ACT’s tech workforce had jumped 16.3% last year, nearly four times the industry’s national growth of 4.3%.
That's according to the ACS Australia's Digital Pulse 2021 report which was launched by ACT Minister the Hon. Emma Davidson at the Kurrajong Hotel in the Australian Capital Territory on Wednesday night.
The ACT also has Australia’s largest proportion of ICT workers with 12.8% being in technology, more than double the national share of 6.2%, the report found.
Among the 60 attendees at the event were Jade Carson, CIO of the National Art Gallery; Vikram Sharma of Quintessence Labs; Adrian Piani, ACT Government Chief Engineer; and Paddy Nixon, University of Canberra Vice Chancellor.
The report, however, highlighted the continued under-representation of women in Australia’s tech workforce taking 29% of roles, compared to 47.5% in similar occupations across the professional sector.
Minister Davidson, who previously held IT project manager roles with the Navy and Australian Public Service, said addressing the industry’s gender balance needs to start early.
“If we can encourage girls from year 10 onwards to study STEM subjects and align those with their other interests, then we can be in a much better place to address this shortfall,” the minister told the audience.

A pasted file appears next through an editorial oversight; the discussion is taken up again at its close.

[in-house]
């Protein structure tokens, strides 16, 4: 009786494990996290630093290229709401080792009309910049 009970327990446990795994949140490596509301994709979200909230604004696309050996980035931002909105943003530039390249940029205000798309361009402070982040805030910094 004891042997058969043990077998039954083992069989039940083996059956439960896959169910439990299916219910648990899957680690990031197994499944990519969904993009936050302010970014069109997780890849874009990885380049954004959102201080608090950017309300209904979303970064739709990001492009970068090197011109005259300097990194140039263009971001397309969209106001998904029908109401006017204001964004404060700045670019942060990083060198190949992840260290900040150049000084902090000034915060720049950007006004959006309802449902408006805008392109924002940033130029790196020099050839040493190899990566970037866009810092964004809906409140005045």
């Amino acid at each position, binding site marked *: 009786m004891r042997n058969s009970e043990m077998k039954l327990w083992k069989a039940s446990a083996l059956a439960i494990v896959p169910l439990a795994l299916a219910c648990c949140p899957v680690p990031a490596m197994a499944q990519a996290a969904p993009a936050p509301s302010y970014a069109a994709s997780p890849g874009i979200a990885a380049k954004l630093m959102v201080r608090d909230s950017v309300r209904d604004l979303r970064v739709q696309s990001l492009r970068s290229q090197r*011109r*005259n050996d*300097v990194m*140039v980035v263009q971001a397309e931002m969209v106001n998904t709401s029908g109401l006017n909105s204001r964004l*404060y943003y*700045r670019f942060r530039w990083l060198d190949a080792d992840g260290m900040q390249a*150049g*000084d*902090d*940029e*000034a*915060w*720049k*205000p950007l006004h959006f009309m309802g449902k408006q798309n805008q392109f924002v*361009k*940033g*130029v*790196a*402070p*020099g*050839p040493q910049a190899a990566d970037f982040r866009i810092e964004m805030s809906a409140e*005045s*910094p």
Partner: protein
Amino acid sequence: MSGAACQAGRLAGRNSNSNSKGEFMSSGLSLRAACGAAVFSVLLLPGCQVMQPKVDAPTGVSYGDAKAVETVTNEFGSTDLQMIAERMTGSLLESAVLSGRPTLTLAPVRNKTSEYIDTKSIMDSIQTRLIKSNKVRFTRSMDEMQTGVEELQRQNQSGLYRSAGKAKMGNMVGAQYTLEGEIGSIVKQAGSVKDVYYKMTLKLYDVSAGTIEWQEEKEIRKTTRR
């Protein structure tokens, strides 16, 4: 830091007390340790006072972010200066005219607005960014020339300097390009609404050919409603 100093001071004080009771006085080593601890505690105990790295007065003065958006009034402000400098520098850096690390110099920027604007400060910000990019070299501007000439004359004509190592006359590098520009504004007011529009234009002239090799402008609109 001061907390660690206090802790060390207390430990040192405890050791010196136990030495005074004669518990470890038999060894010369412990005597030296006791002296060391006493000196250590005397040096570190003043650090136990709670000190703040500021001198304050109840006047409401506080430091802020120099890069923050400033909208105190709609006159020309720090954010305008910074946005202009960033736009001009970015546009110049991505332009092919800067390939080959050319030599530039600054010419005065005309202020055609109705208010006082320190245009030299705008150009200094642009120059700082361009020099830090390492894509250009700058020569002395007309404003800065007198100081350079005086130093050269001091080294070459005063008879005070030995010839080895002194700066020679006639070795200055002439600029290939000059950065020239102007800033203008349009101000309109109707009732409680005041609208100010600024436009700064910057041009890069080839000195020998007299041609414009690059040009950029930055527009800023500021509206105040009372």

Digital Pulse predicts that addressing the gender imbalance could boost employment by 5,000 new workers a year in the first 20 years and deliver an economic boost of up to $11bn over the next two decades.
ACS President Dr Ian Oppermann said the strong ICT employment growth recorded by the Territory shows the important role technology played in helping government and business stay on course during the pandemic.
“However, beyond the short-term needs, the adoption of emerging technologies around artificial intelligence, smart cities and the Internet of Things is going to make ICT workers even more critical to the local economy," Dr Oppermann said.
"We’re pleased to see initiatives coming out at both Territory and Federal levels to boost workforce digital skills, but ACS would like to see more to address the gaps identified in the report.”